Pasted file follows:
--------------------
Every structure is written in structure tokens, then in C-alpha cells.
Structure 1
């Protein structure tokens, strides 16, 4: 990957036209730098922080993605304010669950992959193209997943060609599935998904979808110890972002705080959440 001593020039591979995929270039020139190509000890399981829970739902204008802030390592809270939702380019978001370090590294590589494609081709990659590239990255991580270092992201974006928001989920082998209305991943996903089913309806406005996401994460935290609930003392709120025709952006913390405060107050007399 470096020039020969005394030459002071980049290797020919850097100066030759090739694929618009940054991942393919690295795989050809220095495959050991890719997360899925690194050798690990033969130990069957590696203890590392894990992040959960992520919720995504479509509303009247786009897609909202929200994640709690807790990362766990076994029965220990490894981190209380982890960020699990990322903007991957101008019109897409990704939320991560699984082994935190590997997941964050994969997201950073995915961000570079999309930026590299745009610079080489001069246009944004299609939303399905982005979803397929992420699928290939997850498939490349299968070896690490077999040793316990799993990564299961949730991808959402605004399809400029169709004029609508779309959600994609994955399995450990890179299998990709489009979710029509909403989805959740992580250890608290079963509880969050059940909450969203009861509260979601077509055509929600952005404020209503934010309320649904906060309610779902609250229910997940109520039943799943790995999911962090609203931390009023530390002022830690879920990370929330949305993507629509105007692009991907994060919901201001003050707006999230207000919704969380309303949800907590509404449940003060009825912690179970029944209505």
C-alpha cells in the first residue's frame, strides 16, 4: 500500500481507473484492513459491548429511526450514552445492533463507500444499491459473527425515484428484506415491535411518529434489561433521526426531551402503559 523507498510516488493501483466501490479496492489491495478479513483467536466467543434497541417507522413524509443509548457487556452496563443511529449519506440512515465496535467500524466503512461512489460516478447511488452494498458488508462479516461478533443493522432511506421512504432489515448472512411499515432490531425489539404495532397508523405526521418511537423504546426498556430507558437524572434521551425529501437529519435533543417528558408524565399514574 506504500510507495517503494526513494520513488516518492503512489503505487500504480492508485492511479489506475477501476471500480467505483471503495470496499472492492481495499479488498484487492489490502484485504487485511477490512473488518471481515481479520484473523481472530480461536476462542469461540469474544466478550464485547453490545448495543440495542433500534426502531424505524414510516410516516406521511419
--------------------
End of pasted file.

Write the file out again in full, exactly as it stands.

Every structure is written in structure tokens, then in C-alpha cells.
Structure 1
């Protein structure tokens, strides 16, 4: 990957036209730098922080993605304010669950992959193209997943060609599935998904979808110890972002705080959440 001593020039591979995929270039020139190509000890399981829970739902204008802030390592809270939702380019978001370090590294590589494609081709990659590239990255991580270092992201974006928001989920082998209305991943996903089913309806406005996401994460935290609930003392709120025709952006913390405060107050007399 470096020039020969005394030459002071980049290797020919850097100066030759090739694929618009940054991942393919690295795989050809220095495959050991890719997360899925690194050798690990033969130990069957590696203890590392894990992040959960992520919720995504479509509303009247786009897609909202929200994640709690807790990362766990076994029965220990490894981190209380982890960020699990990322903007991957101008019109897409990704939320991560699984082994935190590997997941964050994969997201950073995915961000570079999309930026590299745009610079080489001069246009944004299609939303399905982005979803397929992420699928290939997850498939490349299968070896690490077999040793316990799993990564299961949730991808959402605004399809400029169709004029609508779309959600994609994955399995450990890179299998990709489009979710029509909403989805959740992580250890608290079963509880969050059940909450969203009861509260979601077509055509929600952005404020209503934010309320649904906060309610779902609250229910997940109520039943799943790995999911962090609203931390009023530390002022830690879920990370929330949305993507629509105007692009991907994060919901201001003050707006999230207000919704969380309303949800907590509404449940003060009825912690179970029944209505």
C-alpha cells in the first residue's frame, strides 16, 4: 500500500481507473484492513459491548429511526450514552445492533463507500444499491459473527425515484428484506415491535411518529434489561433521526426531551402503559 523507498510516488493501483466501490479496492489491495478479513483467536466467543434497541417507522413524509443509548457487556452496563443511529449519506440512515465496535467500524466503512461512489460516478447511488452494498458488508462479516461478533443493522432511506421512504432489515448472512411499515432490531425489539404495532397508523405526521418511537423504546426498556430507558437524572434521551425529501437529519435533543417528558408524565399514574 506504500510507495517503494526513494520513488516518492503512489503505487500504480492508485492511479489506475477501476471500480467505483471503495470496499472492492481495499479488498484487492489490502484485504487485511477490512473488518471481515481479520484473523481472530480461536476462542469461540469474544466478550464485547453490545448495543440495542433500534426502531424505524414510516410516516406521511419